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Home » Sailnet Boat Reviews » C - Boats starting with 'C' » ComPac
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ComPac 16
Reviews Views Date of last review
3 22882 Tue March 2, 2010
spacer
Recommended By Average Price Average Rating
100% of reviewers None indicated 10.0












Description: ComPac 16
Keywords: ComPac 16
 


Author
administrator

Administrator

Registered: January 2000
Location: maryland
Posts: 1888
Review Date: Sat December 21, 1996 Would you recommend the product? Yes | Price you paid?: None indicated | Rating: 0 

 
Pros:
Cons:

Now here's an easy one, the Compac 16 is a sloop rigged daysailer
that has a very appealing traditional look. The boat is of superior
construction with a very decent lay up of fiberglass and an
above average gelcoat finish. The design of the boat is a
shallow keel ballast inside of the fiberglass keel, no keel
bolts a nice arrangement like the Cape Dory Typhoon. The rig
is a fractional one with modest sail area. The boat is sold
to buyers who's priorities are trailerability before sailability.
The boat trailers a lot better than it sails. Going to windward
is very difficult with very little headway. Now here is the
good news. Compac has gone a long way to fix the problems in
their new 16s to include dropping the fractional rig to give
a larger headsail, (definitely buy the 150 genoa) and here is
the big fix, the addition of a centerboard. I would not buy
the boat without these two big improvements.
The Compac company has been around for a long time and I
belive that it is a far superior company to most others, with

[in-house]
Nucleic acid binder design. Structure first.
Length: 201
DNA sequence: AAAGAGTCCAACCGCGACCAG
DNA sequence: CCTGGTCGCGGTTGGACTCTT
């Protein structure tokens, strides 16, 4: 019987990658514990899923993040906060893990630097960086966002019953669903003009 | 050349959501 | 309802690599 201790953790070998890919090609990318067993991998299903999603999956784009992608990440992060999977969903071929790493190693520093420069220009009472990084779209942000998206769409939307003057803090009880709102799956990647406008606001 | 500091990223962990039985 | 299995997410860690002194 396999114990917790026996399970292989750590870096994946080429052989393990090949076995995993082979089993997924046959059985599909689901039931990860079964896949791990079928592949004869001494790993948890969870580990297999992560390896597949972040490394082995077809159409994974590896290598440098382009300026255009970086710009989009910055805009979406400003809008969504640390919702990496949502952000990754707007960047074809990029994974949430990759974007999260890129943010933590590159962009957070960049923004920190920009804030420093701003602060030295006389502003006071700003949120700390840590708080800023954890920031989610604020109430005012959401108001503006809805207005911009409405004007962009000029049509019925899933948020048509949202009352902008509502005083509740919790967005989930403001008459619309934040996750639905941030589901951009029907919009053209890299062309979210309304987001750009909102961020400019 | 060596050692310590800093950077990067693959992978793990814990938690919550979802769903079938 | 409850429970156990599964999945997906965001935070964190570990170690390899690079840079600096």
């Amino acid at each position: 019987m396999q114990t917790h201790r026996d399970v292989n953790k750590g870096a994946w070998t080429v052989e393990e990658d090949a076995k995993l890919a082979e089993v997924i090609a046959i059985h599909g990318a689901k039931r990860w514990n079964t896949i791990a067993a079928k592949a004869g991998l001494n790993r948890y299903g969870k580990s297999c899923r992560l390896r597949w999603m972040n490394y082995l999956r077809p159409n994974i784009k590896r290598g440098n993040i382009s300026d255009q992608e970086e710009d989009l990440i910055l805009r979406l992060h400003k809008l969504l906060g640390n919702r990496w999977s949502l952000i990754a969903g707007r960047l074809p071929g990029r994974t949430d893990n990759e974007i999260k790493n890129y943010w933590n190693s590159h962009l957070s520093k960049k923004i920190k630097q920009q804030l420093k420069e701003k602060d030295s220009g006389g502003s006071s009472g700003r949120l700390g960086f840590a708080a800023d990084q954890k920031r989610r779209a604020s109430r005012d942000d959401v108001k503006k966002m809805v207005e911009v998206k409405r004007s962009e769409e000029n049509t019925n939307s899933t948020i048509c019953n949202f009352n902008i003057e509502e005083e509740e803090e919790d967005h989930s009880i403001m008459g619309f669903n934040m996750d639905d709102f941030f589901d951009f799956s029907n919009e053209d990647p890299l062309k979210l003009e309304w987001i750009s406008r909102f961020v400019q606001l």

the additions of new sail plan and centerboard, I think you would
have a nice small, small, small, daysailor that looks like a
proper yacht, whatever that is. It is easy to trailer with a
small car, I used a VW Golf diesel, woefully underpowered, and did
fine, for short distances. This boat will seat four friendly
adults, hold your lunch and beverages and mine almost went to
windward once. You need no more than a 4hp, and can have a blast
on the boat, can easily mussel the boat if get in trouble, or
run aground, which would be hard unless you have no idea where
you are, in which case running aground may be a welcome rescue.
Don't assume that because the boat has a nautical look it is a
bluewater mini crusier, its a daysailor with a puptent cabin
no romance on board this baby unless your use to getting romantic
in a VW. Go for a sail, have lunch, have the beverage of your
choice, see the sights and call it a day when the sun starts to
drop. Enjoy.
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administrator

Administrator

Registered: January 2000
Location: maryland
Posts: 1888
Review Date: Fri June 6, 1997 Would you recommend the product? Yes | Price you paid?: None indicated | Rating: 0 

 
Pros:
Cons:



I bought my Compac-16 with the intention of using her as a camp-on-the-water boat. My wife and I had been doing that on a previous boat, and I wanted a boat that had better use of space and no swing keel. So far so good.
As it turned out, kids started arriving, and we never did get to exotic locales on her, but we did have a lot of fun. Here are a few comments about the boat.